The Music Festival in Łańcut has been an annual event since 1961. The Festival is a series of modern and classical music concerts performed by distinguished European soloists, ensembles and choirs.

Main sights[edit]

  • The Łańcut Castle, sometimes called the Potocki Palace. It was built in 1628–1641 by Stanisław Lubomirski, rebuilt in 1894–1903 in the style of French Neo-baroque. In the castle grounds there is a park with the little romantic castle, a coachhouse with a collection of carriages and a guest-house in the English style.[5]
  • The Łańcut Synagogue, built in 1761. although plain on the exterior, the interior walls and ceiling are decorated with restorations of paintings and stuccowork from the 18th century and polychromies from the 19th - 20th centuries.[5]
  • The architectural complex of the ancient Church and the Dominican monastery (Rynek) rebuilt repeatedly, the oldest phase of the construction going back to the 15th century.[5]
  • The Parish Church (Farna Street) going back to the 15th century. Rebuilt in 1884–1900.[5]

Transport[edit]

Łańcut is located on the main West-East European E40 Highway, which goes from Calais in France via Belgium, across Germany, Poland, Ukraine and on to Russia and Kazakhstan. Circa 2008, the A4 highway was announced. Despite it was meant to be done before Euro 2012, it was not finished by July 2014. This caused a large worker protest, rafter the contract was broken. Other Polish cities located by the E40 highway are Wrocław, Opole, Katowice, Kraków, Tarnów, Rzeszów and Przemyśl.

The nearest airport is Rzeszów-Jasionka Airport located in the village of Jasionka, north of Rzeszów. It is about 18 kilometres (11 miles) north-west of Łańcut on the A881 and takes about 25–30 minutes by car. Scheduled passenger services include flights to: Warsaw (WAW), Dublin, London (Stansted), Bristol, UK, Birmingham, UK, New York City (JFK Airport, and Newark Liberty International Airport).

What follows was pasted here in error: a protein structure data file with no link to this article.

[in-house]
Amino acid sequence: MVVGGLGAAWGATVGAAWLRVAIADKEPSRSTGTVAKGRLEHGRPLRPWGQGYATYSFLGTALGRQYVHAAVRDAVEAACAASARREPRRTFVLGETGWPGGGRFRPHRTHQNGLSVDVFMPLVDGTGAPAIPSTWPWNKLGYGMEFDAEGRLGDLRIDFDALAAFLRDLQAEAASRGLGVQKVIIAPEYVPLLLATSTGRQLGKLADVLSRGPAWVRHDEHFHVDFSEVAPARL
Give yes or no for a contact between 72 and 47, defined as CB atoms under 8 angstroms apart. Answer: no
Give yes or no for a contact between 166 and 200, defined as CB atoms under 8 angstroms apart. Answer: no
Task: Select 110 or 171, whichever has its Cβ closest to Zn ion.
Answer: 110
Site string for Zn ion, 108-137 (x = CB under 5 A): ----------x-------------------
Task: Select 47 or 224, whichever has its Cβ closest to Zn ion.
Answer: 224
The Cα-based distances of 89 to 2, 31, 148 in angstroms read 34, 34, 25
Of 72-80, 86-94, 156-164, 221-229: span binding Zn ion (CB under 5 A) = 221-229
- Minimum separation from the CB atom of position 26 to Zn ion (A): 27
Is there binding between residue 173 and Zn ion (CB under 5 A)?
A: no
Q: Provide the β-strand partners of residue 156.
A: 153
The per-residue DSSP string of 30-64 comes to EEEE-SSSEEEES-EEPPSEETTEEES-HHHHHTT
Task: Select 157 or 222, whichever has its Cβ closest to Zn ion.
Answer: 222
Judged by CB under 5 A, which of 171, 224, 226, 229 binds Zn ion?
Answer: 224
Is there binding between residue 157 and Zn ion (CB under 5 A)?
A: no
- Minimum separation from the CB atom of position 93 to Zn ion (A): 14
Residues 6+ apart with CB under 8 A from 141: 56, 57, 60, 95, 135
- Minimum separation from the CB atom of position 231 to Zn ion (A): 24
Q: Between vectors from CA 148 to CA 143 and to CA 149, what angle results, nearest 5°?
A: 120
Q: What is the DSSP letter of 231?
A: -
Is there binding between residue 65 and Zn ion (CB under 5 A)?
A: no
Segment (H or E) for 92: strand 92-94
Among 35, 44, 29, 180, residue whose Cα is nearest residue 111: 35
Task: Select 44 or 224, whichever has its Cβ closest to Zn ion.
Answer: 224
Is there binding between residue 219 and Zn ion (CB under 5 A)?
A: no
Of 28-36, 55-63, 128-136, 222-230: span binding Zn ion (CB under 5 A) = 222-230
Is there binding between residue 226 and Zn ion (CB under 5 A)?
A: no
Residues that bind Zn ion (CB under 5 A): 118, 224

Łańcut has a railway station, located at Kolejowa Street 1. It is on the main line, Kraków Main station — Medyka. The line then continues on to Ukraine.

The bus station is located at the crossroads of Kościuszko Street and Sikorski Street.

International relations[edit]

Twin towns — Sister cities[edit]

Łańcut is twinned with:[6]

See also[edit]

References[edit]

Bibliography[edit]

Notes[edit]

  1. ^ Approximately "wine-suit"
  2. ^ "Population. Size and structure by territorial division". © 1995-2009 Central Statistical Office 00-925 Warsaw, Al. Niepodległości 208. 2009-06-02. Retrieved 2009-06-22. 
  3. ^ a b c d e "Łańcut Official Website". Flag of the United Kingdom.svg(in English) © 2008 Urząd Miejski w Łańcucie, Plac Sobieskiego 18, 37-100 Łańcut. Retrieved 2008-10-23. 
  4. ^ Mańko, Sławomir. "Ropczyce: The Chassidic Route", page 11. © Polish Jews Heritage 2008.
  5. ^ a b c d "Łańcut Official Website – Information". Flag of the United Kingdom.svg(in English) © 2008 Urząd Miejski w Łańcucie, Plac Sobieskiego 18, 37-100 Łańcut. Retrieved 2008-10-25. 
  6. ^ a b c d e f g h i j "Łańcut Official Website – Foreign contacts". Flag of the United Kingdom.svg(in English) © 2008 Urząd Miejski w Łańcucie, Plac Sobieskiego 18, 37-100 Łańcut. Retrieved 2008-10-25. 

External links[edit]

Coordinates: 50°4′N 22°14′E / 50.067°N 22.233°E / 50.067; 22.233

Public Domain This article incorporates text from a publication now in the public domainChisholm, Hugh, ed. (1911). Encyclopædia Britannica (11th ed.). Cambridge University Press.